When Life Becomes Too Painful

Word of the Day

Pain

When God placed Adam and Eve in the Garden of Eden, He gave them only one negative command, and that was to leave the fruit of the Tree of the Knowledge of good and evil alone (Gen.2:15-17; notice that God gave this command to the man and not the woman).

But true to our nature, we will always do the ONE thing we are not supposed to do, and when we do, we suffer the consequences. And that is just what happened here and it has plagued the human race ever since.

Sin carries so many consequences beside just death itself. Every problem that we see in this world can be traced back to the Garden of Eden and the introduction of sin into the human experience. Yes, God pronounced death upon the race, but as we see further in Genesis 3:1-19, the human race was introduced to what we know now as the simple, everyday issues of life, sorrow, hard labor and the frustrations of just living.

One of those frustrations and sorrows is pain. Before they chose to rebuke God and His commandment, Adam and Eve lived a perfect and pain-free life. They didn’t keep Tylenol, Advil, Aleve nor any other kind of pain relief medication in their cabinet. They didn’t know what pain caused by family issues, financial problems, loss, colds, flu, broken bones or old age was. They never dreamed that one day their bodies would be plagued by arthritis, deterioration, slower and shorter steps, heart problems, cancer or any other disease. They knew perfection, peace, plenty and purity.

Alas, we humans just don’t seem to enjoy when all things go well. O, we tell ourselves that we love the sunshine and happiness, but we always seem to seek pain and problems. It was true then and true today. And many times all these things comes crashing down on each of us with terrible effects on us and on our lives.

As a teenager and a young man, I was invincible; I could and would do anything. Being raised in a very rural area of southwest Louisiana, we had livestock, we farmed, we had and did all the things that true “country folk” do. Country living was a lot different in those days than what the magazines glorify as “country living” today. It was not all beauty and plenty, It was just plain old hard work.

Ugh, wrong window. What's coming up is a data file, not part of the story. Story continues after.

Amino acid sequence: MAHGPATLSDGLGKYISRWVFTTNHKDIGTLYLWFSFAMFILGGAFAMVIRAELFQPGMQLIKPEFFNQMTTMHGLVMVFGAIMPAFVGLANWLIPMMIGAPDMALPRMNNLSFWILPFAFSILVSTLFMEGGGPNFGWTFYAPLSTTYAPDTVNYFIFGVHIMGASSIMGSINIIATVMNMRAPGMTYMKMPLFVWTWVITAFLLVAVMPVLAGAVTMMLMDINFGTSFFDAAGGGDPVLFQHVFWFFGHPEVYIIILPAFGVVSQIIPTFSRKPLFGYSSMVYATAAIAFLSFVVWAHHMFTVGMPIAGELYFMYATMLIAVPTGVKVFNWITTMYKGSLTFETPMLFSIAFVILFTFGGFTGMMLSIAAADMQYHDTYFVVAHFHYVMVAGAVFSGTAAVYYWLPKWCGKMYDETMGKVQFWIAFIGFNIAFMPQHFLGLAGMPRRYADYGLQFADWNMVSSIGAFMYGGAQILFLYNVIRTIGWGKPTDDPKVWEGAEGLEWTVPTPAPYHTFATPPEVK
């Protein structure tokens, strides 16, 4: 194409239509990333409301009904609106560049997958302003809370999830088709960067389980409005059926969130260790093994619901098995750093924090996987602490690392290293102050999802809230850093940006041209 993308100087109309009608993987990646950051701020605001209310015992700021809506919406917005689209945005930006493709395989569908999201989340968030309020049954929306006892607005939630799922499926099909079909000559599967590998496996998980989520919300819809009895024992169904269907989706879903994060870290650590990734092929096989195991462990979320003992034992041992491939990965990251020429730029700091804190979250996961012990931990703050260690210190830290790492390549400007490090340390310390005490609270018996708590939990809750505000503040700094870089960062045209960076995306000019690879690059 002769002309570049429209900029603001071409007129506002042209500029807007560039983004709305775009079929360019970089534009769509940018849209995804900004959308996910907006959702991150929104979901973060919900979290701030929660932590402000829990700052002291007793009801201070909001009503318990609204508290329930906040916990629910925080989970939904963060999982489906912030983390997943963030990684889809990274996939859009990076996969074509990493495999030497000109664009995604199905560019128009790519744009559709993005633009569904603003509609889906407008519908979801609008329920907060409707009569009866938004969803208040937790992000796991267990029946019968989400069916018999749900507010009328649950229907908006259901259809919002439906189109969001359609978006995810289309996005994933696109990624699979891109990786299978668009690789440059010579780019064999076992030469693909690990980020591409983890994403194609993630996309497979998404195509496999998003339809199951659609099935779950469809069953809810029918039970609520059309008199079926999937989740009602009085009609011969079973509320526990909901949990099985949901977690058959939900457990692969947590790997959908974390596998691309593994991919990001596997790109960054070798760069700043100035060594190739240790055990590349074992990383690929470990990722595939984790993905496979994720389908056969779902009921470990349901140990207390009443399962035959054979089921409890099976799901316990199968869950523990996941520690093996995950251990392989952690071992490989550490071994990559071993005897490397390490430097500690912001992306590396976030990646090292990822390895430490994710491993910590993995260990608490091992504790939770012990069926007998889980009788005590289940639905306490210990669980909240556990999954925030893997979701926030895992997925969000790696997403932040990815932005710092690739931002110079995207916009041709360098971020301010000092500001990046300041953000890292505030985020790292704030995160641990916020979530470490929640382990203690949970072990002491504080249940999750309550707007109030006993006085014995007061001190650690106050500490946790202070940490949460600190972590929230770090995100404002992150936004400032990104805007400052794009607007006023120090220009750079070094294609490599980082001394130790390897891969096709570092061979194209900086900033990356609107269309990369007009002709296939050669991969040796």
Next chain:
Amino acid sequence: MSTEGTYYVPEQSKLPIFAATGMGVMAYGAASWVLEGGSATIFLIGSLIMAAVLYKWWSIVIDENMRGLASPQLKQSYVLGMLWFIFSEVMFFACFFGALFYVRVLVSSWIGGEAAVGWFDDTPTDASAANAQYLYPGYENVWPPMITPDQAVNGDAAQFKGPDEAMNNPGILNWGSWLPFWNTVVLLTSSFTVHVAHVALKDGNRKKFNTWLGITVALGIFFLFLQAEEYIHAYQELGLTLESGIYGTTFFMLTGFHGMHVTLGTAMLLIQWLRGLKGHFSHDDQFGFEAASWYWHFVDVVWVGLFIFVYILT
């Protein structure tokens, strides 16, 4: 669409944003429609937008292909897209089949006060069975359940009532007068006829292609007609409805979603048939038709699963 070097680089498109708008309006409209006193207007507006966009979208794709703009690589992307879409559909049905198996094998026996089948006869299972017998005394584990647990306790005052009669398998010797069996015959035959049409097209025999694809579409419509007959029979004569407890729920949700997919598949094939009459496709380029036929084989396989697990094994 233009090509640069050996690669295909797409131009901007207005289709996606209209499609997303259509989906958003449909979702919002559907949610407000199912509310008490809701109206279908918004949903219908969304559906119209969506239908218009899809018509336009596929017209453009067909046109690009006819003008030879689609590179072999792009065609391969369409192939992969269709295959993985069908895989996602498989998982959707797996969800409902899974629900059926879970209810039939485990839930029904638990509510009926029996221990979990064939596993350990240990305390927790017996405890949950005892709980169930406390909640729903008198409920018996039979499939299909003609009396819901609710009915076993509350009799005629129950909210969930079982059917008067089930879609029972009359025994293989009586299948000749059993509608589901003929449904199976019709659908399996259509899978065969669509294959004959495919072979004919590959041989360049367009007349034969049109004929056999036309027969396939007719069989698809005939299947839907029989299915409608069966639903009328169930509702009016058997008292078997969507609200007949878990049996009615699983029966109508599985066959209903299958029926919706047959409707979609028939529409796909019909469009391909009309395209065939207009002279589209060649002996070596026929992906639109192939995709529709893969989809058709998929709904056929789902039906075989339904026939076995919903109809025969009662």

For an example, I was the oldest child of four in the family and when I was nine years old my daddy turned the plowing over to me. Now I’m not talking about a tractor, I am talking about an old gray mare. We didn’t know what a tractor was back then, we did all our plowing with that gray mare. I also had the privilege of being given the responsibility of taking over the milking of the two cows morning and evening and taking care of all the cattle we had(not that many), and the hogs. No, we did not have automatic milkers. The “milkers” were my two hands.

I’m not complaining about this. In fact, I thoroughly enjoyed both chores. It was the other things that occurred that went along with all this. For instance, I began to look upon myself as being a “cowboy”. I learned to use a rope rather efficiently. If I could reach it with rope I would catch it.

I decided to rope a bull that we had. He weighed about 700-800 pounds and was all bull. I had the bull in a fenced area where the barn was and I was on foot. I roped him but found out rather quickly that it was something I should not have done. He dragged me around like a rag doll. I stayed on my feet, alright, but stopping him was impossible. You never thought that anyone could run as fast as I was trying to stay up with him and stay on my feet. Turning loose of the rope was not an option, it was wrapped around my wrist.

Around and around the barn we went. And just when I thought all was lost I came up with a brilliant idea. I decided to try to catch up with him by about two steps and when we went around the corner of the barn the next time I would quickly run around one of the barn posts, wrapping the rope around the huge post that held up the corner of the barn,  and stop him. It worked but I paid a great price for my foolish childhood exercise.